Mahua liquor is the only pot-distilled and fermented spirit in the world made from naturally sweet flowers. This makes it a unique product not just within India but globally. It’s deeply rooted in Indian culture and tradition. The indigenous tribes have been brewing it for centuries and it forms an integral part of their cultural heritage. Mahua flowers are one of the top five minor forest products (MFP) in terms of volume produced in the nation each year.

The Mahua flower stands as a superior choice for liquor production due to its unique and distinctive flavour profile, abundant production, and sustainable raw material source. It is not only affordable to produce but also offers a healthy alternative to other spirits. Its universally appealing flavours make Mahua liquor a global standout, poised to captivate the taste buds of drinkers worldwide.

Moreover, granting GI status can help protect and promote this traditional knowledge while also ensuring that benefits accrue back to these indigenous communities. It can also aid in preserving biodiversity as it provides an incentive for protecting the environments where these products are produced.

Seeking GI status for Mahua, which would not only protect its origin and quality but also help in its promotion and marketing as a unique Indian spirit such as Darjeeling tea, Basmati rice, Bengali Rasgulla and Kashmiri Saffron. GI helped in their recognition and protection as unique Indian products. It helps consumers identify and distinguish the product from others in the market and provides legal protection against imitation and misuse of the GI.

Efforts to promote Mahua liquor

There have been a number of efforts to promote Mahua liquor recently. Most importantly, the colonial era restrictions on the tribal communities are being lifted. In 2021, the government of Madhya Pradesh declared Mahua as a heritage liquor, and in August 2023, Mahua heritage liquor was introduced to retail shelves in Madhya Pradesh with the support of the state government. The government of Maharashtra state also changed its archaic laws to legalise the collection and storage of flowers by local tribal groups.

Mond, India’s first Mahua spirit distilled by indigenous tribes has been made available at Madhya Pradesh retail shelves in 2023. Mond is made by the Bhil and Bhilala tribes, who dwell in Rajasthan, Gujarat, Madhya Pradesh, Uttar Pradesh, and parts of Maharashtra. It is produced by a self-help group centred in Katthiwada, in the Alirajpur district of Gujarat. Mahua wine, branded ‘Mond,’ has been issued in bottles of 180 ml and 750 ml, with the government pricing it at Rs 200 and Rs 800, respectively.

In March 2020, the Ministry of Tribal Affairs under the Central Government of India and IIT-Delhi developed Mahua Nutri-beverage, a Mahua-based alcoholic beverage with six fruit-based flavours and low alcohol content. However, the actual benefits of the government funding Mahua production for the Adivasis remain to be seen.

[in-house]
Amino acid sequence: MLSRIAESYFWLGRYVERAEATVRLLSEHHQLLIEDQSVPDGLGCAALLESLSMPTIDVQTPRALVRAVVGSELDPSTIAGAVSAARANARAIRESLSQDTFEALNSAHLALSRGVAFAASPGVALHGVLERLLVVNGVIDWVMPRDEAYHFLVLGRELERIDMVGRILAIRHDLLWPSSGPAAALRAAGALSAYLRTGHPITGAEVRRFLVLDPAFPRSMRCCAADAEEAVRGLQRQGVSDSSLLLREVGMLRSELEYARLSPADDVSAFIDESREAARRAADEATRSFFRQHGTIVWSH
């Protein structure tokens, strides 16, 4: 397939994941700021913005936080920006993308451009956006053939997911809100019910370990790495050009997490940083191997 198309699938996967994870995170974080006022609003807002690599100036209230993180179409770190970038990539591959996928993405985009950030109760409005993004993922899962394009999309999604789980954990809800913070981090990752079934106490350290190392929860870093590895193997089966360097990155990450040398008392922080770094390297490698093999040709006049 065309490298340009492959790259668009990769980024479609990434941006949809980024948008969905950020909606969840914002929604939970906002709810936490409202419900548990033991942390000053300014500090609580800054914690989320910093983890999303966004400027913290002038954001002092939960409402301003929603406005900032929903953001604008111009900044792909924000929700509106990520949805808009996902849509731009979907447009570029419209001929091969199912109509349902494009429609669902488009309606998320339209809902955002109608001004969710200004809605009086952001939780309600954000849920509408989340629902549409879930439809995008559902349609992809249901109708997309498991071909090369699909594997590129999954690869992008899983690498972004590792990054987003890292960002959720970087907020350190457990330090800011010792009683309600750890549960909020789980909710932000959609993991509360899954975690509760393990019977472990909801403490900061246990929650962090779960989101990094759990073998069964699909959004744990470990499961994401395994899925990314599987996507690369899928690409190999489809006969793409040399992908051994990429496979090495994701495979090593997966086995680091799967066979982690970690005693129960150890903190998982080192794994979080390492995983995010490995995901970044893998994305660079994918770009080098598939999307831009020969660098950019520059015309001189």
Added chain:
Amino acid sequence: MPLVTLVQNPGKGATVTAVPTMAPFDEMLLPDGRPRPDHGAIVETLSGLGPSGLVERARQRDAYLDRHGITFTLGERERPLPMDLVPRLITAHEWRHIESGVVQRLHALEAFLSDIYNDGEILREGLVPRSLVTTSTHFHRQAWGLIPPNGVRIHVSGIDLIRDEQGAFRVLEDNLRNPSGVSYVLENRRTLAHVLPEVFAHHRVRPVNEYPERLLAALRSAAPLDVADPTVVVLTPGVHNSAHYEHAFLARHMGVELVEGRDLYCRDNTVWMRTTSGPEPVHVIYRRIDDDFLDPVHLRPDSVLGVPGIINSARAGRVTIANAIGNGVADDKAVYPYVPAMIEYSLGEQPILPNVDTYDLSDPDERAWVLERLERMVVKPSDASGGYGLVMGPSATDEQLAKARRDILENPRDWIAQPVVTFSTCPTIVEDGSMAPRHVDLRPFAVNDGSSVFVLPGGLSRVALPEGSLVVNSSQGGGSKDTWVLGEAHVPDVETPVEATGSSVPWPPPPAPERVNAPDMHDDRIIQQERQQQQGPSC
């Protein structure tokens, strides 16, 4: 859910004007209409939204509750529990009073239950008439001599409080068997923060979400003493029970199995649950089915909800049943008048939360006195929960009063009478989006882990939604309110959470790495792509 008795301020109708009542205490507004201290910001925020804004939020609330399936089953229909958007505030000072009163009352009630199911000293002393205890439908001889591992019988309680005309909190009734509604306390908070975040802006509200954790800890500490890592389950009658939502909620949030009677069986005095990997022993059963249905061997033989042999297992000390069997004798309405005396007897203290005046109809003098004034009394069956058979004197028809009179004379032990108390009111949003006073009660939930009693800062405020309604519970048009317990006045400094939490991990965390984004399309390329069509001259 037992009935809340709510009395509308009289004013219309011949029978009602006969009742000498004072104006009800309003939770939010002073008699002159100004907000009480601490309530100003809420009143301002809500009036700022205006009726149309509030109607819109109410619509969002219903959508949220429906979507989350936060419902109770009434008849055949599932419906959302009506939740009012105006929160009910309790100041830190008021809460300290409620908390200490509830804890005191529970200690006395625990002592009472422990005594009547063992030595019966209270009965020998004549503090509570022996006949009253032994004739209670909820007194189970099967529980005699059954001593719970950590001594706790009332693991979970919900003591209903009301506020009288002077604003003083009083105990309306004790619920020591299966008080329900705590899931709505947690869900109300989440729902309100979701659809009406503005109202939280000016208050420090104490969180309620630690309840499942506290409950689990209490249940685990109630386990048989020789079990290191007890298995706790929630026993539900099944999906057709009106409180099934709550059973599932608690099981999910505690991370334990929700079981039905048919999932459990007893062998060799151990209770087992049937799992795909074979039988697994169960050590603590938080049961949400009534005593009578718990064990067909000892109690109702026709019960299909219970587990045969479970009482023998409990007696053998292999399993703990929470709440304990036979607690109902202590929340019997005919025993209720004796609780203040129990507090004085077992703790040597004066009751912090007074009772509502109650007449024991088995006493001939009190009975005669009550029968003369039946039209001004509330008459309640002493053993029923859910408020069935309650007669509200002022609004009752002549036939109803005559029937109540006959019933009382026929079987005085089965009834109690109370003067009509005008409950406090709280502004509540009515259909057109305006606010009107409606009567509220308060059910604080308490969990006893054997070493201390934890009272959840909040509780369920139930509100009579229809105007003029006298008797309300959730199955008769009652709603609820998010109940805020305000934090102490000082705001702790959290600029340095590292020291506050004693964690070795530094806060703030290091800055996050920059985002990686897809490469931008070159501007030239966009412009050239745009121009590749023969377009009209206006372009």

APEDA shipped a consignment of dehydrated Mahua flowers from the Korba district, Chhattisgarh, to Paris in 2021. Recently, a contract was signed to export 200 tonnes of Mahua flowers from Madhya Pradesh to London at Rs 110 per kg. Around US$ 200,000 worth of Mahua flowers were exported in 2022-23 to the UK. The government is working to formalise the production of Mahua liquor in line with international standards of processing, packaging, and bottling.

MAH Spirit, a promising Indo-French collaboration is dedicated to developing and selling Mahua-based beverages. Their flagship product combines local techniques with French ones, creating a unique alcoholic beverage made with flowers imported from India. It is already being sold in some bars and wine stores all over France in 2022/

Challenges ahead

Despite its cultural and historical significance, it faces several challenges in its journey to regain its popularity and recognition. The origin and quality of Mahua are not officially recognised and protected, making it vulnerable to imitation and dilution in the market.

  • Perception of Mahua as a low-quality and “dangerous” drink: Shaped by British colonial rule and the post-independence Indian elites’ disdain for the lifestyles of the indigenous population. Recently, Maharashtra government categorised liquor made from mahua flowers and cashew as Indian made foreign liquor, as the ‘country liquor’ tag was hampering sales.
  • Production: Another challenge is related to production. An official mentioned that when the liquor was tested during production in Alirajpur, the alcohol content was more than 30%, while traditionally brewed Mahua for personal consumption has a much lower alcohol percentage.